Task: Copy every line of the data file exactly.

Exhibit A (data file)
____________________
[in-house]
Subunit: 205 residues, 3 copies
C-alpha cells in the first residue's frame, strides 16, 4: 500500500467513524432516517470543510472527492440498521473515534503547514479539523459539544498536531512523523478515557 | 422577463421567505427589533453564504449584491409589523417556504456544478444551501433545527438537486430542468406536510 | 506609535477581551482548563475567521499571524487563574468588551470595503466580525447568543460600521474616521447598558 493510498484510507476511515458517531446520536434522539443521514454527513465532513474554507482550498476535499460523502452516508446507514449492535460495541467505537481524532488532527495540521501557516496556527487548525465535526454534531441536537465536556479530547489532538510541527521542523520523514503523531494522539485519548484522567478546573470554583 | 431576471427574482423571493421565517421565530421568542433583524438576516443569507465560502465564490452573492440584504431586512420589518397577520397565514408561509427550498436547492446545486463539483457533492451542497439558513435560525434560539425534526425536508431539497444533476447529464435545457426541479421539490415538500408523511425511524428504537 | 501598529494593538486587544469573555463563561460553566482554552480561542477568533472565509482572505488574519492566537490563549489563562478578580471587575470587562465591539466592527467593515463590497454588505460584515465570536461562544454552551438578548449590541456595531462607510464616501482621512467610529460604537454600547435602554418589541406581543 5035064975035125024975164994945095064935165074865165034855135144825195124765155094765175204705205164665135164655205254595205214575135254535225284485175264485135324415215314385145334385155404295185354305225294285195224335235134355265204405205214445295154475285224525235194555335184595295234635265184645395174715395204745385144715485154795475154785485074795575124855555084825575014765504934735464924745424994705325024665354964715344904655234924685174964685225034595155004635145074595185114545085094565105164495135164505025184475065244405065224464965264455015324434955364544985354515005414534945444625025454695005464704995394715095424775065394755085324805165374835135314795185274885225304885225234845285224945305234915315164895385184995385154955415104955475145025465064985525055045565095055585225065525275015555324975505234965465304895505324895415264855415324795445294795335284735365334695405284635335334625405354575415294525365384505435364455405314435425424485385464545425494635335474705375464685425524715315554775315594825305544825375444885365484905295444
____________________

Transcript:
[in-house]
Subunit: 205 residues, 3 copies
C-alpha cells in the first residue's frame, strides 16, 4: 500500500467513524432516517470543510472527492440498521473515534503547514479539523459539544498536531512523523478515557 | 422577463421567505427589533453564504449584491409589523417556504456544478444551501433545527438537486430542468406536510 | 506609535477581551482548563475567521499571524487563574468588551470595503466580525447568543460600521474616521447598558 493510498484510507476511515458517531446520536434522539443521514454527513465532513474554507482550498476535499460523502452516508446507514449492535460495541467505537481524532488532527495540521501557516496556527487548525465535526454534531441536537465536556479530547489532538510541527521542523520523514503523531494522539485519548484522567478546573470554583 | 431576471427574482423571493421565517421565530421568542433583524438576516443569507465560502465564490452573492440584504431586512420589518397577520397565514408561509427550498436547492446545486463539483457533492451542497439558513435560525434560539425534526425536508431539497444533476447529464435545457426541479421539490415538500408523511425511524428504537 | 501598529494593538486587544469573555463563561460553566482554552480561542477568533472565509482572505488574519492566537490563549489563562478578580471587575470587562465591539466592527467593515463590497454588505460584515465570536461562544454552551438578548449590541456595531462607510464616501482621512467610529460604537454600547435602554418589541406581543 5035064975035125024975164994945095064935165074865165034855135144825195124765155094765175204705205164665135164655205254595205214575135254535225284485175264485135324415215314385145334385155404295185354305225294285195224335235134355265204405205214445295154475285224525235194555335184595295234635265184645395174715395204745385144715485154795475154785485074795575124855555084825575014765504934735464924745424994705325024665354964715344904655234924685174964685225034595155004635145074595185114545085094565105164495135164505025184475065244405065224464965264455015324434955364544985354515005414534945444625025454695005464704995394715095424775065394755085324805165374835135314795185274885225304885225234845285224945305234915315164895385184995385154955415104955475145025465064985525055045565095055585225065525275015555324975505234965465304895505324895415264855415324795445294795335284735365334695405284635335334625405354575415294525365384505435364455405314435425424485385464545425494635335474705375464685425524715315554775315594825305544825375444885365484905295444